Source: IFS, Morgan Stanley Research estimates, HM Treasury


Public sector net debt l.jpg

% of GDP

2004-5

2005-6

2006-7

2007-8

2008-9

2009-10

2010-11

PBR

34.7

36.5

37.4

37.9

38.2

38.2

38.2

Base case1

34.7

36.5

37.6

38.6

39.2

39.5

39.6

MS central case

34.7

36.4

37.6

38.6

39.4

39.8

40.1

MS worse case

34.7

36.4

37.6

38.6

39.7

40.3

40.8

Public sector net debt

(1) Base case refers to IFS estimates based on PBR economic forecasts

Source: IFS, Morgan Stanley Research estimates, HM Treasury


Outlook for gross gilt issuance l.jpg

£ billion

2005-6

2006-7

2007-8

2008-9

2009-10

2010-11

DMO/PBR illustrative gilt sales

52

68

64

47

47

47

Base case1

52

71

70

53

53

50

Morgan Stanley central case

51

71

70

55

56

53

Morgan Stanley worse case

51

70

72

58

59

56

Outlook for gross gilt issuance

(1) Base case refers to IFS estimates based on PBR economic forecasts

Source: HM Treasury, IFS, Morgan Stanley Research


How does gilt issuance affect yields l.jpg
How does gilt issuance affect yields?

  • The projections are based on an assumption of no change in tax rates and spending plans – so they exaggerate the likely scale of gilt issuance.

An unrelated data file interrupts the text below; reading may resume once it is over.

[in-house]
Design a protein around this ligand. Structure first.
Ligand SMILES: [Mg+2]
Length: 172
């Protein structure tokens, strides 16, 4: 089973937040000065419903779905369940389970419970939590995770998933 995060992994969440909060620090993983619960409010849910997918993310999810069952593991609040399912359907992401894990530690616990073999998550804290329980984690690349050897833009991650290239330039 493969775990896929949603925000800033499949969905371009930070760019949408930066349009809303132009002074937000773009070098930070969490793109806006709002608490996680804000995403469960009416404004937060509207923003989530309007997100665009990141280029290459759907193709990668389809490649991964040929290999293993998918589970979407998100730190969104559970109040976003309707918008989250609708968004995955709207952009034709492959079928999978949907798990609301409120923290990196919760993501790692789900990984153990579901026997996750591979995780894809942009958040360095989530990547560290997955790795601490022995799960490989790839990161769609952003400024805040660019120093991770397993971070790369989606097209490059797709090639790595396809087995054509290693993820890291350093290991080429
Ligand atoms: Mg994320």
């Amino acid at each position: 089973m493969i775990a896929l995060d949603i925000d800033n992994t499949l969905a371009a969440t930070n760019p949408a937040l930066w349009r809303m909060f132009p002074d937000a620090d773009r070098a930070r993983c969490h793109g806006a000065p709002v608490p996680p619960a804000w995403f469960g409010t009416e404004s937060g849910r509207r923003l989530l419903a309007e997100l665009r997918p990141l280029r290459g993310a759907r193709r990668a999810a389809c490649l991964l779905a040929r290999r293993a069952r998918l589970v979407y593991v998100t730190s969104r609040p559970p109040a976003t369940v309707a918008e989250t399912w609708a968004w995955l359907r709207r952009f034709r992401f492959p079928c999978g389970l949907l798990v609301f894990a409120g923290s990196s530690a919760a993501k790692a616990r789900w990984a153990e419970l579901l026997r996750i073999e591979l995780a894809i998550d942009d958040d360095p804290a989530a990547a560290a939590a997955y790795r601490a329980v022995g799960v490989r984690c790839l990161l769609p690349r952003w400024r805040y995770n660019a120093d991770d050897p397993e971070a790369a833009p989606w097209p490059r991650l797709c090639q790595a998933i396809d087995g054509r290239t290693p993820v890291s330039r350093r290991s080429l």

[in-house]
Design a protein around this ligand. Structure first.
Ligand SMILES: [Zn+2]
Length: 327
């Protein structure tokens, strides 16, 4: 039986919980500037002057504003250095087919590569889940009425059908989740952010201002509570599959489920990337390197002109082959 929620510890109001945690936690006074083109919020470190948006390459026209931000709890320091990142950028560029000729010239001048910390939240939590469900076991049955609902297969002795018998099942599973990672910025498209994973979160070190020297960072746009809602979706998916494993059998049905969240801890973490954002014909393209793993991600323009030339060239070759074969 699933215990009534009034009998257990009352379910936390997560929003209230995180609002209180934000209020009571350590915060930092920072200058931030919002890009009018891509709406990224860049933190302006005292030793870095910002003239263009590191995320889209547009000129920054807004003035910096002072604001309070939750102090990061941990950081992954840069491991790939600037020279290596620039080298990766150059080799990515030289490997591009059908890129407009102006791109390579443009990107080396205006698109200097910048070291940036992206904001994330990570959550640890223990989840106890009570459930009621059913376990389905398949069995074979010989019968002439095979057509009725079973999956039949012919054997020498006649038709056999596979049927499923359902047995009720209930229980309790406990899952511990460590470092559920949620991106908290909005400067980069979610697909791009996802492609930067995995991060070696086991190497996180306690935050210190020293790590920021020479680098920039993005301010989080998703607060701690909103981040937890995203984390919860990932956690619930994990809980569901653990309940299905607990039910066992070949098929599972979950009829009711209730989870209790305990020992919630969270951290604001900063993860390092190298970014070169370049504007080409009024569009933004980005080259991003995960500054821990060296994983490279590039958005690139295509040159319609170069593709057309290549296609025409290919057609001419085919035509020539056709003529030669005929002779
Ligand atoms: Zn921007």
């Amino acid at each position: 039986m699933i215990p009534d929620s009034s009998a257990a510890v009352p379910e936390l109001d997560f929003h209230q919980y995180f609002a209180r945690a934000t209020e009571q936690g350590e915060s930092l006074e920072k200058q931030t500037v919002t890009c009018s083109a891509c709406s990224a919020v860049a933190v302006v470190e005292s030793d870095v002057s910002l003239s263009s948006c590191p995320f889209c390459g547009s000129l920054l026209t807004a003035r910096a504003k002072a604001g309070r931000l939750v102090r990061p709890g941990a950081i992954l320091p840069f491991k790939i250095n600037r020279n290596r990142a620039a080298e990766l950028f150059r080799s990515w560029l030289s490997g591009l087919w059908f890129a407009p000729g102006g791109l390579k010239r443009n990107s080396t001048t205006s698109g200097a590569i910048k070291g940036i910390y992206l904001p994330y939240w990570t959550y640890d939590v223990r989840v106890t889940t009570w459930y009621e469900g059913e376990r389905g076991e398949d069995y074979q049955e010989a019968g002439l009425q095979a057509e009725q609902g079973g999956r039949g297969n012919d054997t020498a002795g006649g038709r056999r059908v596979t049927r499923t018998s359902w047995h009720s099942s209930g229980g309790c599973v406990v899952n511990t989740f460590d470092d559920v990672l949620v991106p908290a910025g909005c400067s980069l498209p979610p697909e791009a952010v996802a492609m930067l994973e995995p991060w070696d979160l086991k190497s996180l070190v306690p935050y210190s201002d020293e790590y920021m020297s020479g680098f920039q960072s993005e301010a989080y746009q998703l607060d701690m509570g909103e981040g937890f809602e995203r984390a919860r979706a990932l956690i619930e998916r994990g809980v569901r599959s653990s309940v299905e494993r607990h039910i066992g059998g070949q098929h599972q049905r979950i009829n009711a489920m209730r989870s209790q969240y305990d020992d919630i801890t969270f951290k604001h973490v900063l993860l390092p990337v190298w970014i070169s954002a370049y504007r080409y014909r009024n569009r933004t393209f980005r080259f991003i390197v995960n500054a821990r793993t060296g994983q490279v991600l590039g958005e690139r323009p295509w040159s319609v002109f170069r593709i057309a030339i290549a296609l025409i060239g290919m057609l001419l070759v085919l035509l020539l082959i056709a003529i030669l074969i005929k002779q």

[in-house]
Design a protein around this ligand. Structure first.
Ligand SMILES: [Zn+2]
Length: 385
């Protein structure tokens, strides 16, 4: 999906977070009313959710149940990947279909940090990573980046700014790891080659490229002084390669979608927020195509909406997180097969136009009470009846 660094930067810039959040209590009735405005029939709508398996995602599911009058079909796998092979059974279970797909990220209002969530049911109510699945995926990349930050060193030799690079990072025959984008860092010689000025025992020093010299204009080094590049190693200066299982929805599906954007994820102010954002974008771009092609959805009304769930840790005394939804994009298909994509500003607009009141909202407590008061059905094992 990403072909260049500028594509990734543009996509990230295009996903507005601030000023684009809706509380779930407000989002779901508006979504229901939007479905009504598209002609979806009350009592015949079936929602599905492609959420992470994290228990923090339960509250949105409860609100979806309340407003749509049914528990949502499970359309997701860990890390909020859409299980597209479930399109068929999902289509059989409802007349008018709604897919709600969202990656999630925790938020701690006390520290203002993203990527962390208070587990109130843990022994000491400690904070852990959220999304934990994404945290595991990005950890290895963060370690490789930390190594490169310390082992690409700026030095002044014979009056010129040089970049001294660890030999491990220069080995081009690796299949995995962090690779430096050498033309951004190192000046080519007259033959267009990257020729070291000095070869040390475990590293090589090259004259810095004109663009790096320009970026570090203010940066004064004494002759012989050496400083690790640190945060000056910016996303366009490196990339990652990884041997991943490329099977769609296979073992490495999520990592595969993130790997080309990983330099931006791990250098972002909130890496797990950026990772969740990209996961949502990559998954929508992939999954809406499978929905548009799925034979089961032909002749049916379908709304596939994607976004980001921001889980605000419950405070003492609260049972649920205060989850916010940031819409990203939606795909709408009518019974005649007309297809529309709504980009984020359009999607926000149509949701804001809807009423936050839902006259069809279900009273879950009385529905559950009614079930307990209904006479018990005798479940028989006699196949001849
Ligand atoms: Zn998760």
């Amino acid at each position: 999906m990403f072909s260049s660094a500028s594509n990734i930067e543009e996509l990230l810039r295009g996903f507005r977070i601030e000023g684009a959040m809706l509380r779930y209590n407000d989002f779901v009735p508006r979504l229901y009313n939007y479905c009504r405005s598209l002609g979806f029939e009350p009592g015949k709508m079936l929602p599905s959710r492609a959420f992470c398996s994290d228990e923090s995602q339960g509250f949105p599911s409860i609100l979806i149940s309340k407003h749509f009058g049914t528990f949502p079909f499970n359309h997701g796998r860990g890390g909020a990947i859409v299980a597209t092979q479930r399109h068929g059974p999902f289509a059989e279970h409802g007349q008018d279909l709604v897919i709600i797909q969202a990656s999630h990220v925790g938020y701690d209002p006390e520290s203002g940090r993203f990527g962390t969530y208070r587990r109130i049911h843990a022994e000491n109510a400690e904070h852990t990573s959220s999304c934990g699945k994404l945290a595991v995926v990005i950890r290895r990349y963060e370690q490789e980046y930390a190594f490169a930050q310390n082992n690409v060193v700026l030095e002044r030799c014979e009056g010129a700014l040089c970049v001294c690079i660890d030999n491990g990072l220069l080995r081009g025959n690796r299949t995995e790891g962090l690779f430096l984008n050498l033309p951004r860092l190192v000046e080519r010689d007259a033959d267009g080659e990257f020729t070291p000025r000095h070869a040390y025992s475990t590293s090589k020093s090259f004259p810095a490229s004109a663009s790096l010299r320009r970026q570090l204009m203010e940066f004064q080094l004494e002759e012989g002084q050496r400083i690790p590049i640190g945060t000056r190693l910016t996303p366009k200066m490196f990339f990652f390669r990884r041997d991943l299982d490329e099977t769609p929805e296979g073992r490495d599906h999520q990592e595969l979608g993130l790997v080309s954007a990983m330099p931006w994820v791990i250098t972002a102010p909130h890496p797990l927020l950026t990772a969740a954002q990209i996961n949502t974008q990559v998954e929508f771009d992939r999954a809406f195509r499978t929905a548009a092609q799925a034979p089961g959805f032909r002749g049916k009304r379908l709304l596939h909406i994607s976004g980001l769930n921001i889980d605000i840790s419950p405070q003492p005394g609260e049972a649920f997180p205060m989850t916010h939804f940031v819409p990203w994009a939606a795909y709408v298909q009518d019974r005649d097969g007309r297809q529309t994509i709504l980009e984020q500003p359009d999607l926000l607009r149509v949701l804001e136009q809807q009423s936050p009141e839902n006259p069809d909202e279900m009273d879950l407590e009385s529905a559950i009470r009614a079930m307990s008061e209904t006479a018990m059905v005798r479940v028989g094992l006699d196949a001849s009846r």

• But more debt is likely.

  • The interesting question is whether increased issuance is likely to bring about a rise in yields.

  • Historical evidence suggests that this is unlikely.


Gilt issuance and yields l.jpg

Year

Gross (Net)

15

-

Year

15

-

Year

Issuance(£bn)

Nominal Yield

R

eal Yield

2000/01

10 (

-

9)

4.66%

2.06%

2001/02

14 (

-

4)

4.86%

2.37%

2002/03

26 (9)

4.71%

2.21%

2003/04

50 (29)

4.70%

2.04%

2004/05

5

0

(35)

4.74%

1.85%

2005/06

52 (38)

4.3

0

%

1.5

3

%

Gilt issuance and yields

Source: Bank of England, Debt Management Office


Change in debt to gdp ratios for g7 countries l.jpg

30

Change in debt to GDP ratio 2000-05

20

10

0

Debt to GDP ratio (%)

Canada

France

Germany

Italy

Japan

United

United

-10

Kingdom

States

-20

-30

Change in debt to GDP ratios for G7 countries

Source: OECD




Government debt and real interest rates l.jpg